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THE UNIVERSITY OF CALIFORNIA RIVERSIDE The University of Mississippi Institute for Advanced Education in Geospatial Science David Swanson University of.

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Presentation on theme: "THE UNIVERSITY OF CALIFORNIA RIVERSIDE The University of Mississippi Institute for Advanced Education in Geospatial Science David Swanson University of."— Presentation transcript:

1 THE UNIVERSITY OF CALIFORNIA RIVERSIDE The University of Mississippi Institute for Advanced Education in Geospatial Science David Swanson University of California Riverside PROJECTING MULTI-RACE POPULATIONS USING COHORT CHANGE RATIOS.

2 THE UNIVERSITY OF CALIFORNIA RIVERSIDE The University of Mississippi Institute for Advanced Education in Geospatial Science Overview 1.Introduction 2.The Hamilton-Perry Method 3.Illustrative Projections 4.Discussion

3 THE UNIVERSITY OF CALIFORNIA RIVERSIDE The University of Mississippi Institute for Advanced Education in Geospatial Science Introduction Although data on race have been collected since the first census in 1790, it was only in 2000 that Americans that Americans were first given the opportunity to self-identify with more than one race. This practice continued in the 2010 census and with the release of the 2010 census data, we have learned some interesting facts about multi-racial populations in the United States.

4 THE UNIVERSITY OF CALIFORNIA RIVERSIDE The University of Mississippi Institute for Advanced Education in Geospatial Science Introduction For example, in an article published by the New York Times ( March 24th, 20110) Susan Saulny wrote that The US Census Bureau had reported that among American children, the multiracial population increased almost 50 percent, to 4.2 million between census 2000 and census 2010, making it the fastest growing youth group in the country. She also noted that the number of people of all ages who identified themselves as both white and black increased by 124 percent between census 2000 and census 2010.

5 THE UNIVERSITY OF CALIFORNIA RIVERSIDE The University of Mississippi Institute for Advanced Education in Geospatial Science Introduction In a detailed analysis of the multi-race population, Jones and Bullock (2012) reported that between census 2000 and census 2010 the number of Americans who consider themselves multiracial grew faster than those who self-identify as a single race. Specifically, they found that those who self-identified as multi-racial increased by 32 percent while those who self-identified as a single race increased by 9.2 percent.

6 THE UNIVERSITY OF CALIFORNIA RIVERSIDE The University of Mississippi Institute for Advanced Education in Geospatial Science Introduction Given the growth in this population segment, a natural question is what will it look like in the future? The usual approach to answering a question about the future number and composition of a given population is the cohort-component method. However, its data requirements, already substantial, increase considerably when one attempts to use this approach for a multi-race population since one must have birth, death, and migration data.

7 THE UNIVERSITY OF CALIFORNIA RIVERSIDE The University of Mississippi Institute for Advanced Education in Geospatial Science Introduction The birth data are particularly problematic since birth rates are needed by race of father and race of mother. Fortunately, there is a way to project multi-race populations that does not require birth, death, and migration data, only census data from two points in time to implement – The Hamilton-Perry Method (Hamilton and Perry, 1962), which uses “cohort change ratios.” In this short note, I describe the Hamilton-Perry method and then show examples of its use in projecting multi-race populations, including an example in which the method is run in reverse in order to estimate a multi-race population in 1990.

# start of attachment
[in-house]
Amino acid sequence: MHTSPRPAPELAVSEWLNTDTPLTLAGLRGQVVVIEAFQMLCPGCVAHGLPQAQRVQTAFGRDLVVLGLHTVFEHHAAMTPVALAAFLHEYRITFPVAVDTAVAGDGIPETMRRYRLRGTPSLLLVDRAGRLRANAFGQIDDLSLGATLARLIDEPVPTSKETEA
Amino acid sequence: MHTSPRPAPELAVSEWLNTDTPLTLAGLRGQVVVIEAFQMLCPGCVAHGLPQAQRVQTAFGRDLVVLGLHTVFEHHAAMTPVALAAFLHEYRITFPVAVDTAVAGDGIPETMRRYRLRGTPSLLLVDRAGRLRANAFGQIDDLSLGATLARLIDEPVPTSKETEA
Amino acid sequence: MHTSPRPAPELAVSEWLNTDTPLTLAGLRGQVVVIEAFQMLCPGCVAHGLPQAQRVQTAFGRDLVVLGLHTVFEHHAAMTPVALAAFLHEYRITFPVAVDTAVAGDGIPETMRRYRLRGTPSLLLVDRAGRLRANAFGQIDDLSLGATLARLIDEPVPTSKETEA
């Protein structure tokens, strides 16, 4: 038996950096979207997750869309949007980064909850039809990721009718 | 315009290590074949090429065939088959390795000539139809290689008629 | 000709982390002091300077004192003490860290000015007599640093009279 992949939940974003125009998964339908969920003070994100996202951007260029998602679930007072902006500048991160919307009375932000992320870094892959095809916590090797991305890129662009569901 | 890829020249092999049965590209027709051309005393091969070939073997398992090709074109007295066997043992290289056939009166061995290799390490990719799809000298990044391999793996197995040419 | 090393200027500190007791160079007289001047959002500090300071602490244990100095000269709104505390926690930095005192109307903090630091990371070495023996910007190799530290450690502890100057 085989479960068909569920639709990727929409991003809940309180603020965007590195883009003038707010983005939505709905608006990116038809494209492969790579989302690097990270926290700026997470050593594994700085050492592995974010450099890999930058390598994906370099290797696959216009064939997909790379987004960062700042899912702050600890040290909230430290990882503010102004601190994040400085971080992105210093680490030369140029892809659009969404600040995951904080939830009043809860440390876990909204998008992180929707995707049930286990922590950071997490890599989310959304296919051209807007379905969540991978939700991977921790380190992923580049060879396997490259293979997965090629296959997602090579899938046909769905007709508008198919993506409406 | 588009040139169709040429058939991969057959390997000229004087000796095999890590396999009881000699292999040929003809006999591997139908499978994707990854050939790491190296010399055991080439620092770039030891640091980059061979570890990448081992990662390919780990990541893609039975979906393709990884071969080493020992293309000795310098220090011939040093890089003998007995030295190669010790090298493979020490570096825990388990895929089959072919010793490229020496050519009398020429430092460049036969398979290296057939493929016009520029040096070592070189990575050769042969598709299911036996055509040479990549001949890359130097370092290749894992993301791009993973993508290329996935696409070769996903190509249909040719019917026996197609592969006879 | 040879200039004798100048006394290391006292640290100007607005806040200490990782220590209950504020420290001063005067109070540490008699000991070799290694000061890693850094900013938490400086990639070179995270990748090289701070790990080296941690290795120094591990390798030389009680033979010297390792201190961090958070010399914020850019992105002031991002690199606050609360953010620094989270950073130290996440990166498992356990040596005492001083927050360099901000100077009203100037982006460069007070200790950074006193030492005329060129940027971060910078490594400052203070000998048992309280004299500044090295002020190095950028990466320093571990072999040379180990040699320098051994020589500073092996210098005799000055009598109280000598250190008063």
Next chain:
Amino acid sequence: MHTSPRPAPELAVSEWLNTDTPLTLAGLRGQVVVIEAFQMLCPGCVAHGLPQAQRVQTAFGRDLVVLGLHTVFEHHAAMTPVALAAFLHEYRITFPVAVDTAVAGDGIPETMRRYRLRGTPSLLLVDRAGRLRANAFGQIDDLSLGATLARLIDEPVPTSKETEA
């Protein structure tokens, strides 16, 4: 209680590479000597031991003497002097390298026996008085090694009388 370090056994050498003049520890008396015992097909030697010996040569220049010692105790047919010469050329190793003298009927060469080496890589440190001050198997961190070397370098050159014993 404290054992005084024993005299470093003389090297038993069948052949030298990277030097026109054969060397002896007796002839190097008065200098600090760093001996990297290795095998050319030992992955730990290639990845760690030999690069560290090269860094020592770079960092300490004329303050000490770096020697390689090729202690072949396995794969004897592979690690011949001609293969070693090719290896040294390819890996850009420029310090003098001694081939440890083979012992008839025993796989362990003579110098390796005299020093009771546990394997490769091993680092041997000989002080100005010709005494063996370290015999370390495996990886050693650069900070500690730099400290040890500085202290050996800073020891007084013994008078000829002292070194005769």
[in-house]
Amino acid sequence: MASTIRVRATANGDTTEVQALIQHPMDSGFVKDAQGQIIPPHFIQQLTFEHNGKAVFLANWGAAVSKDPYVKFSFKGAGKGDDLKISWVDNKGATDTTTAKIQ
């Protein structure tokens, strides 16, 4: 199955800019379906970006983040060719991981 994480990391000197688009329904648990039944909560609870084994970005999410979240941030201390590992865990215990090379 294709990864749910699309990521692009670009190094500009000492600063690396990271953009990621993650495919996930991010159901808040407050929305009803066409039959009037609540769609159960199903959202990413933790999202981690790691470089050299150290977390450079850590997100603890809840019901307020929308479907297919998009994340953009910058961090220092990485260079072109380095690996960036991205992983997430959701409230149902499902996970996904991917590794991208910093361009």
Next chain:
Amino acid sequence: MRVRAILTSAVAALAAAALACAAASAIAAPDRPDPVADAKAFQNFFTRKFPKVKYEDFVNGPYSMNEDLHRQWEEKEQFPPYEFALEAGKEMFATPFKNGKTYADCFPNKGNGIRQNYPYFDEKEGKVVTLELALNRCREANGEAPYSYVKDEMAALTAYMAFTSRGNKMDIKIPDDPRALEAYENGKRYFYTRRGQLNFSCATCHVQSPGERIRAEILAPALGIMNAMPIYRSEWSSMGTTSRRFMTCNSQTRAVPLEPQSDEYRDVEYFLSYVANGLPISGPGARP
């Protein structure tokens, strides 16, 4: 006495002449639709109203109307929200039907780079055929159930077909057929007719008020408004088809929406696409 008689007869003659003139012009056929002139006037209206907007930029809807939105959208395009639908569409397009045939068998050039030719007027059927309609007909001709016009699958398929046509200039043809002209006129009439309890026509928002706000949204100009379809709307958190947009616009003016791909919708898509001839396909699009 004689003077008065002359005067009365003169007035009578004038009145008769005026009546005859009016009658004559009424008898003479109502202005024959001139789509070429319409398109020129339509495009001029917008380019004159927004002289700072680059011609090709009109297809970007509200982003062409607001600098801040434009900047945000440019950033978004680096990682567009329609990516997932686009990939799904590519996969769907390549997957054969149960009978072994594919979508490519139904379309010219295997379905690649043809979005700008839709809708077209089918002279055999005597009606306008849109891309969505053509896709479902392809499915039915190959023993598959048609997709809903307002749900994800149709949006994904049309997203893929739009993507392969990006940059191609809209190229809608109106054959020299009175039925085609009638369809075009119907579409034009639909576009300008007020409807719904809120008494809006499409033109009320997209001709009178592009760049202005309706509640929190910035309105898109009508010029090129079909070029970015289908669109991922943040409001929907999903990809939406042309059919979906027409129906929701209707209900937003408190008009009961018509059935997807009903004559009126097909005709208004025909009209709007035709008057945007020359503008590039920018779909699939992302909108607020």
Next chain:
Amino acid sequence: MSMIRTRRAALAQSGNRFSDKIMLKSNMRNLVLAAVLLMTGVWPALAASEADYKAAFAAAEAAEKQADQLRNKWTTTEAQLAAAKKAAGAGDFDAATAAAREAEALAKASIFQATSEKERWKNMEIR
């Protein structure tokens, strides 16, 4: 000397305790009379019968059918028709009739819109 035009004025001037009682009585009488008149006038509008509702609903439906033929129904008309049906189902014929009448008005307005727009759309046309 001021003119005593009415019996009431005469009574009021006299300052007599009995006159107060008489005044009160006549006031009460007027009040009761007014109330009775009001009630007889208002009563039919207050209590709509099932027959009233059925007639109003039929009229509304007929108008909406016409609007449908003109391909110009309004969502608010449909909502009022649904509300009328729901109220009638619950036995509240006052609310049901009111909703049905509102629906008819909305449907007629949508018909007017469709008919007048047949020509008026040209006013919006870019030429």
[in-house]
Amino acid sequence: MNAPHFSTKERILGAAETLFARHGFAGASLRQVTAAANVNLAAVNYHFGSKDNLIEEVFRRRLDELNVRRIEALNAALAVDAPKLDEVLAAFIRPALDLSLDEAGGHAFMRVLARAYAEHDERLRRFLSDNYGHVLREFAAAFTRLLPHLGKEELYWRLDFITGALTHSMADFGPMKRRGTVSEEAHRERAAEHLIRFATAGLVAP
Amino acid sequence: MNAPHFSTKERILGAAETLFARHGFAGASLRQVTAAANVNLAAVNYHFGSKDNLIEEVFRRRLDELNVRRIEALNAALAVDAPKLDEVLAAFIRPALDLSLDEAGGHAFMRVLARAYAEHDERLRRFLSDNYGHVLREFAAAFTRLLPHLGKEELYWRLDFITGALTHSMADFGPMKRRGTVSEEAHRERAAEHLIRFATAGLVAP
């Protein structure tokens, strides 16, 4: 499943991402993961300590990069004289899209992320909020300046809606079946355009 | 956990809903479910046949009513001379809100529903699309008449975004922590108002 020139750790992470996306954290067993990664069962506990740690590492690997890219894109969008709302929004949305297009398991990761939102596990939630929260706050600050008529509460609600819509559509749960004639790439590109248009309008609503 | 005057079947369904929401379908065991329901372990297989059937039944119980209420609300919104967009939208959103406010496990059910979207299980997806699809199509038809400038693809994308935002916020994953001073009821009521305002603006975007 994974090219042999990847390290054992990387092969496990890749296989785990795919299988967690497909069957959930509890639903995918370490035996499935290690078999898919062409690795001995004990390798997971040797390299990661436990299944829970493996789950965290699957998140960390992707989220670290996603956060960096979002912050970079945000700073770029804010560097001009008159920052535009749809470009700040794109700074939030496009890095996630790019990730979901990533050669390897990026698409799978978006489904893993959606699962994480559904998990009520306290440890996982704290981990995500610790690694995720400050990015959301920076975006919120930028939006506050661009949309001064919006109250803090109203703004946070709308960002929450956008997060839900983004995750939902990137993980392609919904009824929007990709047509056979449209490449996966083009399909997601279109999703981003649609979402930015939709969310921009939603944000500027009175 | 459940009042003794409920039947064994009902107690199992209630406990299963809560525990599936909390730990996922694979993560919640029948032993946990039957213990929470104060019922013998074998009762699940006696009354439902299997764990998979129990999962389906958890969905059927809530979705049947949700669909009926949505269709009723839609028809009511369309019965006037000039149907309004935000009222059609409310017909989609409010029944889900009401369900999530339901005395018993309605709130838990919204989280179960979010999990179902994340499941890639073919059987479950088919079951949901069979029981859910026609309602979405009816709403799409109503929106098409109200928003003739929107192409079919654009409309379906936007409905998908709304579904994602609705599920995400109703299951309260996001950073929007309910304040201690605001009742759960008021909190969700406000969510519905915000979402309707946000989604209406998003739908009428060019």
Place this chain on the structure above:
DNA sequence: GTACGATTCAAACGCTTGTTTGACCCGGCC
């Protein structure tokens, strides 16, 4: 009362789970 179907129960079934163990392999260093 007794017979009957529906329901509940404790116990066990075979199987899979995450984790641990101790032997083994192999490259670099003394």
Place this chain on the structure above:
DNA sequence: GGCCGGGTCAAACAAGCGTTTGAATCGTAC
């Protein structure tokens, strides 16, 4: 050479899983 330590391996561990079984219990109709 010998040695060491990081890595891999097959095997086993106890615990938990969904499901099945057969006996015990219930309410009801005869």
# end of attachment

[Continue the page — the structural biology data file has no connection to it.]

8 THE UNIVERSITY OF CALIFORNIA RIVERSIDE The University of Mississippi Institute for Advanced Education in Geospatial Science Introduction Although data on race have been collected since the first census in 1790, it was only in 2000 that Americans that Americans were first given the opportunity to self-identify with more than one race. This practice continued in the 2010 census and with the release of the 2010 census data, we have learned some interesting facts about multi-racial populations in the United States. For example, in an article published by the New York Times ( March 24th, 20110) Susan Saulny wrote that The US Census Bureau had reported that among American children, the multiracial population increased almost 50 percent, to 4.2 million between census 2000 and census 2010, making it the fastest growing youth group in the country. She also noted that the number of people of all ages who identified themselves as both white and black increased by 124 percent between census 2000 and census In a detailed analysis of the multi-race population, Jones and Bullock (2012) reported that between census 2000 and census 2010 the number of Americans who consider themselves multiracial grew faster than those who self-identify as a single race. Specifically, they found that those who self-identified as multi- racial increased by 32 percent while those who self- identified as a single race increased by 9.2 percent. Given the growth in this population segment, a natural question is what will it look like in the future? The usual approach to answering a question about the future number and composition of a given population is the cohort-component method. However, its data requirements, already substantial, increase considerably when one attempts to use this approach for a multi-race population since one must have birth, death, and migration data. The birth data are particularly problematic since birth rates are needed by race of father and race of mother. Fortunately, there is a way to project multi-race populations that does not require birth, death, and migration data, only census data from two points in time to implement – The Hamilton-Perry Method (Hamilton and Perry, 1962), which uses “cohort change ratios.” In this short note, I describe the Hamilton-Perry method and then show examples of its use in projecting multi-race populations, including an example in which the method is run in reverse in order to estimate a multi-race population in 1990.